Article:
Some years ago I planted several rose bushes but they did not give the many beautiful flowers that I had hoped for. A gardening expert told me that the reason was that I did not prune them. When he pruned them I was shocked because he cut each bush down to almost ground level. It seemed far too harsh but the following season there were far more beautiful flowers than in previous years. The secret was in the pruning!

The Heavenly Father prunes the fruitful branches – the ones that are already producing fruit, so that they may produce more fruit [v.2] and much fruit [v.5].

Notice that these believers are already fruitful and that it is the Father, not the branch that does the pruning. Without Him we can do nothing to achieve lasting spiritual results that glorify Him [v.5].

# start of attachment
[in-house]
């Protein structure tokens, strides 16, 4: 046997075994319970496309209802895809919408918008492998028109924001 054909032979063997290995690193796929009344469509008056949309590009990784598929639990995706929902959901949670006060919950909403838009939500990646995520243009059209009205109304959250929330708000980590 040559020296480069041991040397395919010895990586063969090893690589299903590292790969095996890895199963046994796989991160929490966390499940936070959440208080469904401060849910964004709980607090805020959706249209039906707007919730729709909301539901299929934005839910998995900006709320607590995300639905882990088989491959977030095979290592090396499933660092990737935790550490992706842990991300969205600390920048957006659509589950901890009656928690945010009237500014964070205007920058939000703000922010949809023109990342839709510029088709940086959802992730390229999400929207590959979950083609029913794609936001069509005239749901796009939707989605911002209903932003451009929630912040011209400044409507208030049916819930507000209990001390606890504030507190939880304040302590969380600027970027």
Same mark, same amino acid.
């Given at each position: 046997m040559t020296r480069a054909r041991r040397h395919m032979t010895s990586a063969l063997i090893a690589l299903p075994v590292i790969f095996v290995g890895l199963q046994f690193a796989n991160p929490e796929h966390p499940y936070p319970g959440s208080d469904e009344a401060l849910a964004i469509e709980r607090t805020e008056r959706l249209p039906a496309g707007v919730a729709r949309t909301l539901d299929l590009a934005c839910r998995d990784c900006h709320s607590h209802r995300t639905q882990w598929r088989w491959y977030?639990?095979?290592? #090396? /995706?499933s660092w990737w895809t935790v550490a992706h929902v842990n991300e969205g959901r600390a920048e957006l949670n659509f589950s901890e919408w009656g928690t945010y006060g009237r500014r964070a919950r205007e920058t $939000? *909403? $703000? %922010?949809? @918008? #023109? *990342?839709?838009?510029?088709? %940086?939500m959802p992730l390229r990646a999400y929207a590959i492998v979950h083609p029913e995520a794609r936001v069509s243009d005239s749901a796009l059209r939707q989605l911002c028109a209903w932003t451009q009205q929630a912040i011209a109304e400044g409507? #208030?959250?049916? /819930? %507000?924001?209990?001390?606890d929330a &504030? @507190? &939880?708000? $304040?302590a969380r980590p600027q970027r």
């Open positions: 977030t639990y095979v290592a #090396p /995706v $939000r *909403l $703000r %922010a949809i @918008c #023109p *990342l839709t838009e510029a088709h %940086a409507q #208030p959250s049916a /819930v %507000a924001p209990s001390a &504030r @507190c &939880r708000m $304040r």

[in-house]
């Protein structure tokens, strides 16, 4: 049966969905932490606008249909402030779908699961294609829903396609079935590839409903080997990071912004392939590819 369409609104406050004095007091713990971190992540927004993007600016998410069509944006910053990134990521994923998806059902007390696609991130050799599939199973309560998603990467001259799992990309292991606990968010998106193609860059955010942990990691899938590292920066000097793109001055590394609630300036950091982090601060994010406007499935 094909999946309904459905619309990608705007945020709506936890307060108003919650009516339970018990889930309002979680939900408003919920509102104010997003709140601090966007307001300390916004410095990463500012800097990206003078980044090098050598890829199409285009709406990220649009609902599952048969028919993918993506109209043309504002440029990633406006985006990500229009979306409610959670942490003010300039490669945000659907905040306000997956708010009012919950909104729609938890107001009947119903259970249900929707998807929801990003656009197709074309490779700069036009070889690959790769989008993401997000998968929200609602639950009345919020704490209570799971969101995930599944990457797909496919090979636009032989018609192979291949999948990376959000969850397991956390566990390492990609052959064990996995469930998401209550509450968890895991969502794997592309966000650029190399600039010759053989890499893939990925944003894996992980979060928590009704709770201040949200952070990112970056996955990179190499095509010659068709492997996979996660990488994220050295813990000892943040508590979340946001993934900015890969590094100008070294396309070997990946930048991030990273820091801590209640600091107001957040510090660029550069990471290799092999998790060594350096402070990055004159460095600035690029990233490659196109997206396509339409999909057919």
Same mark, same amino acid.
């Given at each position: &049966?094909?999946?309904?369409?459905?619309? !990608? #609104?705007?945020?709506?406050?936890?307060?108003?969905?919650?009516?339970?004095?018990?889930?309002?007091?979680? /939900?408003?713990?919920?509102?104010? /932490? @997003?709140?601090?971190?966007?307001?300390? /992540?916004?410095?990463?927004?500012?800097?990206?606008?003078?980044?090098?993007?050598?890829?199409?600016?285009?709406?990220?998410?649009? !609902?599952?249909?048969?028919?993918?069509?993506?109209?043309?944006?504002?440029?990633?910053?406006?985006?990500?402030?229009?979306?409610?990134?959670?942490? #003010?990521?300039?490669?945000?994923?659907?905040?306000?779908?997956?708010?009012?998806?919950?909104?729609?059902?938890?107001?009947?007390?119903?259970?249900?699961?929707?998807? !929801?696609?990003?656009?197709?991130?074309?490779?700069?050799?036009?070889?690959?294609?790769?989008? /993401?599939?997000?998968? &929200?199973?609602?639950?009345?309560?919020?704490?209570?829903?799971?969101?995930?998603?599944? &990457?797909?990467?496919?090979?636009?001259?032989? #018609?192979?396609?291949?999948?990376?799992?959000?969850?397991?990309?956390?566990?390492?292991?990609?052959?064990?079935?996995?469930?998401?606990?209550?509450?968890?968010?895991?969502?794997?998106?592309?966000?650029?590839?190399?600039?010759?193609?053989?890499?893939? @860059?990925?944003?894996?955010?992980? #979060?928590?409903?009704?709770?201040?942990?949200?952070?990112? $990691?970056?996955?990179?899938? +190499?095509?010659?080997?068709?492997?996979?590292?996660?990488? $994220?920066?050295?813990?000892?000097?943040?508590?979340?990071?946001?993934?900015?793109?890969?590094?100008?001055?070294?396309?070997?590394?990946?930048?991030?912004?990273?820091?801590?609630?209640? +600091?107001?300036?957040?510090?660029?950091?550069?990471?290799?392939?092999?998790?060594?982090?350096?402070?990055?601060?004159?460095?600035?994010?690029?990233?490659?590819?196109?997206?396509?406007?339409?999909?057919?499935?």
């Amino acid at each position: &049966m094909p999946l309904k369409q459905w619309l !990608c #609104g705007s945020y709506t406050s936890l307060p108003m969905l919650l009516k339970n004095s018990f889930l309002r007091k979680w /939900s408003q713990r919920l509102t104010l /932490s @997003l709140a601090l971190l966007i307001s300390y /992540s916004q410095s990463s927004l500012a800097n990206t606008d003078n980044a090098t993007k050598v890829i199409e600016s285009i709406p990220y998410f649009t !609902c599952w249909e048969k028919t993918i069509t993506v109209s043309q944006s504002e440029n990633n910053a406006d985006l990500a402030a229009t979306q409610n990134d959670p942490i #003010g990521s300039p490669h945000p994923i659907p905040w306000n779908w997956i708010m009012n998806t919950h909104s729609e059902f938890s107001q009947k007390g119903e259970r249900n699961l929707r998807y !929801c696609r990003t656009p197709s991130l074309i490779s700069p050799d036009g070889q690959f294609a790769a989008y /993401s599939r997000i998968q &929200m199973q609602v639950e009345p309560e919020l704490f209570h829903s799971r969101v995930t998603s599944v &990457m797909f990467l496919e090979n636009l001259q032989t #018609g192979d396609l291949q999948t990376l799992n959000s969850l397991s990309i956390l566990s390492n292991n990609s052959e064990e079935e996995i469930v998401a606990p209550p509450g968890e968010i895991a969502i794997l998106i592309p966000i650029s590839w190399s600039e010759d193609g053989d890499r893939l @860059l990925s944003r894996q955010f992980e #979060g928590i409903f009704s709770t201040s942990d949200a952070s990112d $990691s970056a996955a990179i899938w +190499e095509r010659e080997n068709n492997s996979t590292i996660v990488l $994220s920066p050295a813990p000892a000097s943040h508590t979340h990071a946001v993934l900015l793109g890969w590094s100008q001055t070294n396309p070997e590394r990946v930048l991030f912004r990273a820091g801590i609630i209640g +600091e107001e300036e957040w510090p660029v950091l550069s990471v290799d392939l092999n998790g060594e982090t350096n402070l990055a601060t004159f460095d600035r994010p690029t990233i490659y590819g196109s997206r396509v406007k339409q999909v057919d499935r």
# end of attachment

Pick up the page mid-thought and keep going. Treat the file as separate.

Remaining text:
God loves us enough to hurt us. His discipline is done in love because He desires to purify us and strengthen our character. Sometimes this pruning can be very drastic, especially if there are things in a person’s life that hinder their intimate relationship with God. Job’s testimony was that, “When He [God] has tested me, I shall come forth as gold” [Job 23:10].

Jacob met with God but continued to be on the run from his brother Esau, and remained a very selfish businessman. In one night God changed him in a powerful and painful encounter. First of all He got Jacob to a place of loneliness [Genesis 32:24]. He removed all the props that Jacob depended upon. Then He wrestled all night with Jacob and at a touch put his hip out of its socket [Genesis 32:25]. Now broken and desperate, Jacob refused to the let go of the Lord. Finally he is realising his need to depend upon God, but God also wants absolute honesty and asks Jacob his name. He lied to his earthly father [Genesis 27:18-19], but he cannot lie to God! In a place of loneliness, brokenness, desperation and honesty Jacob is changed forever. He has a new name, and a new vision of God. This is God doing His work of pruning.